Alaska Pioneer Fruit Growers Association

Featured Fruit — Coconut

December 23, 2003

 

Coconut

Cocos nucifera

 

Coconuts are so common throughout the world’s tropical regions that the exact origin is unknown.  The fruit can float for long periods of time, following ocean currents to colonize new lands.  Coconuts were the Polynesian way of carrying water to drink on their long, migratory canoe trips.  A coconut can store its water (not milk – coconut milk is the product of the water inside combined with the shredded meat and then squeezed) for up to 6 months.  It is better than Gatorade – full of electrolytes and nutrients – aiding kidney and bowel function.  In emergency situations it can be used in the place of blood plasma intravenously.  It is also a good source of food, all in one package.  The shells can be used for bowls and utensils, the fibers from the husks can be twisted into rope, and the leaves can be woven into baskets, mats, or hats or used for housing materials.  Coconut oil can be used for soap and lotion.  And then, of course, the usefulness of the shells for coconut bras is irrefutable.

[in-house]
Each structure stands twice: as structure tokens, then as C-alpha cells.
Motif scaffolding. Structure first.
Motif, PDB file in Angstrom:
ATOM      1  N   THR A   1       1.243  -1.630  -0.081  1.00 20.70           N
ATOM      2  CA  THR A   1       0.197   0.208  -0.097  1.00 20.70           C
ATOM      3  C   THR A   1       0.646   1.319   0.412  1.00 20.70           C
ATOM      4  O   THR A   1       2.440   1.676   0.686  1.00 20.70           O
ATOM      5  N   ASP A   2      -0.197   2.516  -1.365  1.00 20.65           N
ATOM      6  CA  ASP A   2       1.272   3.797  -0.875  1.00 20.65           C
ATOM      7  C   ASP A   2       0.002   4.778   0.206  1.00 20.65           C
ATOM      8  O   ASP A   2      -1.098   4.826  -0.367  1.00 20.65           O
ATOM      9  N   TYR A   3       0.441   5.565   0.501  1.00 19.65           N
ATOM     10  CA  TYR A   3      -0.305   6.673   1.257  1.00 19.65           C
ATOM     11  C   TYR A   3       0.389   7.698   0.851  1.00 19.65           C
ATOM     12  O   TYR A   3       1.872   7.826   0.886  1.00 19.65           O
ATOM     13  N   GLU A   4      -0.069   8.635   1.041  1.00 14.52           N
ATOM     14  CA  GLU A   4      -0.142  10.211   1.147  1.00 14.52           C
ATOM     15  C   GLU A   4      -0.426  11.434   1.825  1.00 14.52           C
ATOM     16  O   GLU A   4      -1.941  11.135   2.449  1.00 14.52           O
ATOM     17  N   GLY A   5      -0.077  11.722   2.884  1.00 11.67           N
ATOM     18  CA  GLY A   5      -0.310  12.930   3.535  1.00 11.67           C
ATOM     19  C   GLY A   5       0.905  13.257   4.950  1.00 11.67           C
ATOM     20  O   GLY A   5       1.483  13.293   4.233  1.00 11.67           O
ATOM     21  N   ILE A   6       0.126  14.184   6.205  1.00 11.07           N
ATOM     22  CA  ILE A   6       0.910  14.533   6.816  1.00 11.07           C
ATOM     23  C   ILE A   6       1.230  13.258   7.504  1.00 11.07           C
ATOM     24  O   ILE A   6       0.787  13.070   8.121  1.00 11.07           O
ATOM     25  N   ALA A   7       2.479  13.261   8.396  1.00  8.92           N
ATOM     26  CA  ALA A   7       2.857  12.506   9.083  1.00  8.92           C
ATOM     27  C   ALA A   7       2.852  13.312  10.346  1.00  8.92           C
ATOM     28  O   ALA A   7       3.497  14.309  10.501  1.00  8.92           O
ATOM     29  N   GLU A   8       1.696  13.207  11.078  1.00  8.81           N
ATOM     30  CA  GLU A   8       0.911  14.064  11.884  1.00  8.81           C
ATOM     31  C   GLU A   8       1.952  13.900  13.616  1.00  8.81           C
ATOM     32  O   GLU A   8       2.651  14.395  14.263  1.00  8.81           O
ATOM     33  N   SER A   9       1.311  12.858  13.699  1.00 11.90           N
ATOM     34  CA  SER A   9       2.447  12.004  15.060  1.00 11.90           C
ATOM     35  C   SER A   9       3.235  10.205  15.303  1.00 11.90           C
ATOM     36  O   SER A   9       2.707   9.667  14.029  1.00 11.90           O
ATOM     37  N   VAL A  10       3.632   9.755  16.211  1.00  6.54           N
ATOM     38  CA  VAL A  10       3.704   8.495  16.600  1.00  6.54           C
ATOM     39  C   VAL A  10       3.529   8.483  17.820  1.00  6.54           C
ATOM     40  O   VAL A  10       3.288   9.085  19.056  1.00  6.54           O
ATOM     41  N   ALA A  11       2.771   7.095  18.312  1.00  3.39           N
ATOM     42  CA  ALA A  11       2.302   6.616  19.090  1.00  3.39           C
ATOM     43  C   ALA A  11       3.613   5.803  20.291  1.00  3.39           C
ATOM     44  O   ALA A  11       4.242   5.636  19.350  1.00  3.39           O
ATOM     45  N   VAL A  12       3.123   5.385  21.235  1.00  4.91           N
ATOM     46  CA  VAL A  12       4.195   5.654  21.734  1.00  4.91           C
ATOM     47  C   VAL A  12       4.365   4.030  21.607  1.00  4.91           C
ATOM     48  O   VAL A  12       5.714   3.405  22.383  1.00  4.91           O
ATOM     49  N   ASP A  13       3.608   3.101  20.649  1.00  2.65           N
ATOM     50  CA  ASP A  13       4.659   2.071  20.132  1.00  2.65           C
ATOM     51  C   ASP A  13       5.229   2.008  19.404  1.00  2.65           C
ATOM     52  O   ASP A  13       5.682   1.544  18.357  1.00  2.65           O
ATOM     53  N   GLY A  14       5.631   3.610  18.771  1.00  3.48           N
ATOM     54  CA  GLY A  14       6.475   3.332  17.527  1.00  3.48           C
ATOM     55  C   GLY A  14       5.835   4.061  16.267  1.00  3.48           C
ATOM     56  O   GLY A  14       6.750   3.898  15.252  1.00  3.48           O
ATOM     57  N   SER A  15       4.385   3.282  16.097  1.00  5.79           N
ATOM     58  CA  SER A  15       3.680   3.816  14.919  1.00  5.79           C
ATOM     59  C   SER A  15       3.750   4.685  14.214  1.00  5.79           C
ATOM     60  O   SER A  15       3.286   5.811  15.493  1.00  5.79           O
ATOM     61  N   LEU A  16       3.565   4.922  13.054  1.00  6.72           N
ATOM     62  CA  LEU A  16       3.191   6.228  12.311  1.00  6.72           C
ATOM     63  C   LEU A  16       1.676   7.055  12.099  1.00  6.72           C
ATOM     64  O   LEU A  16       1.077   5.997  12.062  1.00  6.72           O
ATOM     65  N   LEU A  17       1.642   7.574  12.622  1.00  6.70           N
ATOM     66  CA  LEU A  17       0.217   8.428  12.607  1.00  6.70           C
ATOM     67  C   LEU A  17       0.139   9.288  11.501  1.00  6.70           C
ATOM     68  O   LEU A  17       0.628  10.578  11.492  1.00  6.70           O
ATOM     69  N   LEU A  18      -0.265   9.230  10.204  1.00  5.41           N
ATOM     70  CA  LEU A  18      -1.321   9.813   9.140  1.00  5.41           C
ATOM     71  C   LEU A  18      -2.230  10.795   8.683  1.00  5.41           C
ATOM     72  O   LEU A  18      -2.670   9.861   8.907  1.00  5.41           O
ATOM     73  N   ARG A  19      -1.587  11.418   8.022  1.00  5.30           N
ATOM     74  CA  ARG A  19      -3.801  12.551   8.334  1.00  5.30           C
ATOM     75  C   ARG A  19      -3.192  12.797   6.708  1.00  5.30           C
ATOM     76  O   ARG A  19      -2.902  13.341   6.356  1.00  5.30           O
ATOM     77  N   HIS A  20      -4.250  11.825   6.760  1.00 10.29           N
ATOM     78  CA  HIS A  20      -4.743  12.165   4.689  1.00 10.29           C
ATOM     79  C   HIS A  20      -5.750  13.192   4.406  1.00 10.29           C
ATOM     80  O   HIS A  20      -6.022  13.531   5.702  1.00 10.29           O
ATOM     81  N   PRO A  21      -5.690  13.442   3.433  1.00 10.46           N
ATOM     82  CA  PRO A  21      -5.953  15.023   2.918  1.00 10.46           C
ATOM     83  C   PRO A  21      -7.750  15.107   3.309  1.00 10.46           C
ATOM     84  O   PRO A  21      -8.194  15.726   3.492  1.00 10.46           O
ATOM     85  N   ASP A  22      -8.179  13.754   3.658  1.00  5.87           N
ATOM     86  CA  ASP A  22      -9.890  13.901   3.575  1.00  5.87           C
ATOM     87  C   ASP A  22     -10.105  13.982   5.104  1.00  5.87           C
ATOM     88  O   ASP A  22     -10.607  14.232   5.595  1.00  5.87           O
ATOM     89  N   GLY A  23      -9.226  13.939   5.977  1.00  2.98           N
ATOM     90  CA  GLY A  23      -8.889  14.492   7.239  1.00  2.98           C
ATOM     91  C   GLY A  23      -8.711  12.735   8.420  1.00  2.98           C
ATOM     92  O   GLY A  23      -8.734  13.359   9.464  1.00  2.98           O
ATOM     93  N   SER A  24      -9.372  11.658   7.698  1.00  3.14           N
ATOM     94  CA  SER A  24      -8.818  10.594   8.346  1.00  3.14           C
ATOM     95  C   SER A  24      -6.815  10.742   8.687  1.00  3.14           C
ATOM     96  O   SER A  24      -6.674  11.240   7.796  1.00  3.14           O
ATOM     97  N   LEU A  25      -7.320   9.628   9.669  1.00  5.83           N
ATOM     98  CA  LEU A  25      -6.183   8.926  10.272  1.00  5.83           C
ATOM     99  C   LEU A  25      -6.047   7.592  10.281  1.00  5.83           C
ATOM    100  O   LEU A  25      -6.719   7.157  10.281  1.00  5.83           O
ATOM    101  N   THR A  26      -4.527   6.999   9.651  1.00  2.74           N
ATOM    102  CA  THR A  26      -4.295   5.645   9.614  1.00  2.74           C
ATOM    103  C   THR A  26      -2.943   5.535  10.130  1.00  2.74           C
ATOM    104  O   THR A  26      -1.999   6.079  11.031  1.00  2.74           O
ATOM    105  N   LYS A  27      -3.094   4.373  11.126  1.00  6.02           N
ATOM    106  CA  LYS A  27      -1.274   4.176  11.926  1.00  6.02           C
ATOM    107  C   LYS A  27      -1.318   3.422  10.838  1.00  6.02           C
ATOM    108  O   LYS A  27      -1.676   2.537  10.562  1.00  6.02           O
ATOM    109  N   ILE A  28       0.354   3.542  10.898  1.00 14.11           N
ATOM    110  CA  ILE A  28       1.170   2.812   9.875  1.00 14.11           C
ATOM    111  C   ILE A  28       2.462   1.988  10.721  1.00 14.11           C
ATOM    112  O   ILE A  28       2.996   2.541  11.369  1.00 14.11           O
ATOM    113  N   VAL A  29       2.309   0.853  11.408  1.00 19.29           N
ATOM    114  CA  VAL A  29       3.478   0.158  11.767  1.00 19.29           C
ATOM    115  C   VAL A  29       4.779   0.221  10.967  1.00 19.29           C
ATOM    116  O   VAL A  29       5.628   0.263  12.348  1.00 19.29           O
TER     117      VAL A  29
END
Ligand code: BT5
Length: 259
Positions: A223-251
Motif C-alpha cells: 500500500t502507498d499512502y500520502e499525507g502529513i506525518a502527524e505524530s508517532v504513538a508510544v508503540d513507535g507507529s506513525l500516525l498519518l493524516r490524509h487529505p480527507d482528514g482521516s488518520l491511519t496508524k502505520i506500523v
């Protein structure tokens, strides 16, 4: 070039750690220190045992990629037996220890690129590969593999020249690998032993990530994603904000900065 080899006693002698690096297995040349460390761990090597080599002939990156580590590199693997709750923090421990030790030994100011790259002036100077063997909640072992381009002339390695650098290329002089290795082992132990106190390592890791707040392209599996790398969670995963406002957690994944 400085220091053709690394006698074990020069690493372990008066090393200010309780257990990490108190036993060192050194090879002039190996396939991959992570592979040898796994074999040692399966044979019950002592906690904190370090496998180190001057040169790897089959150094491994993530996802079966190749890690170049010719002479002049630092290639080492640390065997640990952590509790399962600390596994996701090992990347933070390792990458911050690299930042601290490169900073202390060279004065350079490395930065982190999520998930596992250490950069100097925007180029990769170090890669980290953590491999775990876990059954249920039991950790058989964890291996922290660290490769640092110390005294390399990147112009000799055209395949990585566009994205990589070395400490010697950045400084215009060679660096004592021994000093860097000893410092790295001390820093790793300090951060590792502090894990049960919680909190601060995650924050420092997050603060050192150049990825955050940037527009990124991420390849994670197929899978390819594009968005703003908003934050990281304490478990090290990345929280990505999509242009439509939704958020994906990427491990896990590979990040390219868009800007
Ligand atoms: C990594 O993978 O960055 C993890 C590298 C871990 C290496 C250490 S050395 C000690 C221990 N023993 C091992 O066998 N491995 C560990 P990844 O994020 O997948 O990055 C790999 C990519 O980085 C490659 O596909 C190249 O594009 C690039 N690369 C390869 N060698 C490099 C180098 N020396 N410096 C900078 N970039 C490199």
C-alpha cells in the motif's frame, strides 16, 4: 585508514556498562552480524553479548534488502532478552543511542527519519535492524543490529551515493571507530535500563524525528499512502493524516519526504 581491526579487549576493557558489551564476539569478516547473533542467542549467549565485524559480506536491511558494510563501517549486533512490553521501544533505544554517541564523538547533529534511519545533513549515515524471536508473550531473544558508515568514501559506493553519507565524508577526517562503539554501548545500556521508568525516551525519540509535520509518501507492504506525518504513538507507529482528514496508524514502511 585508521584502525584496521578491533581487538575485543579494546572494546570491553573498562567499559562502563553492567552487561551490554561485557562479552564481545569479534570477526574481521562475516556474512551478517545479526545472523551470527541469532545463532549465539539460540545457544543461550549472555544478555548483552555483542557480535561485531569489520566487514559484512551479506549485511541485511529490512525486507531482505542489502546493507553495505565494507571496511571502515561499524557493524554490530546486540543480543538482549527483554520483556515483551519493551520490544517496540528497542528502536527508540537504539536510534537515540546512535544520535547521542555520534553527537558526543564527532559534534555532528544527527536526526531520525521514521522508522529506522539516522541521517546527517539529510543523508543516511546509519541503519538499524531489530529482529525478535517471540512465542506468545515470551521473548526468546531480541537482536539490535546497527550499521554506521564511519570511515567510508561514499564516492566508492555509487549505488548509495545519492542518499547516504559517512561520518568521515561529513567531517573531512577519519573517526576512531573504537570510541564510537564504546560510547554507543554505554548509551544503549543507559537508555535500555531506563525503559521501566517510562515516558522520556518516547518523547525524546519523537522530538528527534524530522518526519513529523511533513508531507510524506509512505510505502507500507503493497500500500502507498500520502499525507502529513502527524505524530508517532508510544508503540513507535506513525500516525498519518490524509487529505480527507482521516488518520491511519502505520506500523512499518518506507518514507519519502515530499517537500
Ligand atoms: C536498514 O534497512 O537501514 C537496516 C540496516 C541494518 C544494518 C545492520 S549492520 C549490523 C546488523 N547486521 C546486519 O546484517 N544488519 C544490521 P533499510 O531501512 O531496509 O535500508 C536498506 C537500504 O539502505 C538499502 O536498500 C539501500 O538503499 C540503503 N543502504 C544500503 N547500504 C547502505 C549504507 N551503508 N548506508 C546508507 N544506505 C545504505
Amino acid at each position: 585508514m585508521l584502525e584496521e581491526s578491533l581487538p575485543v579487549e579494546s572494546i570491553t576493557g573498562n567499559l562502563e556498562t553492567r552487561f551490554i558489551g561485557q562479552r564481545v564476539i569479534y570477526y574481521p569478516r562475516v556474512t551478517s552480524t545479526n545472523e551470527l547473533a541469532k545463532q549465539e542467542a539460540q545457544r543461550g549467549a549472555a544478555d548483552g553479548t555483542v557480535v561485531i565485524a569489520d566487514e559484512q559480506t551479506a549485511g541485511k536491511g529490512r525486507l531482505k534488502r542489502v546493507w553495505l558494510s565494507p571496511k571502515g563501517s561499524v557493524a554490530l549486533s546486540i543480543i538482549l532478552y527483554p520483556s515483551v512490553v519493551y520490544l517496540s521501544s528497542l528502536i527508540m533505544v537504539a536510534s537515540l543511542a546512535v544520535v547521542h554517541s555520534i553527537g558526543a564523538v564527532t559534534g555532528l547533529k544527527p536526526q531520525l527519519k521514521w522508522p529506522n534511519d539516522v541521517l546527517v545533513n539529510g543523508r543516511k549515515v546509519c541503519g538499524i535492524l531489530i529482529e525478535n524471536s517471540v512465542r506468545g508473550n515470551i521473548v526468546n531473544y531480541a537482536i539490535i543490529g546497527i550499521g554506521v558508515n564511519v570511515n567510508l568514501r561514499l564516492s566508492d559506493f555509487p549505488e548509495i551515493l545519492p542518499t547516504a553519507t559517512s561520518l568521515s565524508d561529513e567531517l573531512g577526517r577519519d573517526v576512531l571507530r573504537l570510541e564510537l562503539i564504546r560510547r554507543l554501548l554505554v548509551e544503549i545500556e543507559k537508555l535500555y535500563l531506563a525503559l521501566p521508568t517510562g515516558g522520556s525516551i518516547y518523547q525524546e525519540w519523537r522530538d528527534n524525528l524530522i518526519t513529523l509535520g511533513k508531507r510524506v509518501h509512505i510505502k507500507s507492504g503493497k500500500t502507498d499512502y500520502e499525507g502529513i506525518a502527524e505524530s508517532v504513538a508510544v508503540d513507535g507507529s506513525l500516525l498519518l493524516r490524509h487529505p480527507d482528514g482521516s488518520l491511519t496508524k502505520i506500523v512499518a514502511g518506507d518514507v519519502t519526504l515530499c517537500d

Coconut Willy’s Candy

Take one coconut and find the monkey ‘face’ on one side.  With an ice pick or screwdriver poke the ‘mouth’ and drain the water.  The water should be clear and have no off odors or oiliness.  Save for cooking or drink it fresh.  Hold the monkey face in one hand and with the FLAT of a hammer hit the coconut sharply several times while rotating it – it should split in half.  Place coconut on baking sheet in a preheated 400 degree oven for about 15 minutes to loosen the meat.  Let it cool a bit, then with a sharp knife score it into manageable pieces to remove it.  Don’t worry about the brown side, it tastes fine.  With a sharp cheese slicer or vegetable peeler, shave coconut meat into slices.  Toss the shaved meat with raw sugar to coat (light brown will also do.)  Spread evenly onto a cookie sheet.  On the lowest temperature your oven can be set at (170 to 200) bake the coconut over night – 12 to 18 hours.  The sugar will melt and may get syrup like, but will dry out.  Check it at 12 hours and stir if necessary.  The finished product should be golden brown and dry to the touch, but give off a wonderful creaminess when bitten.  Store in an airtight container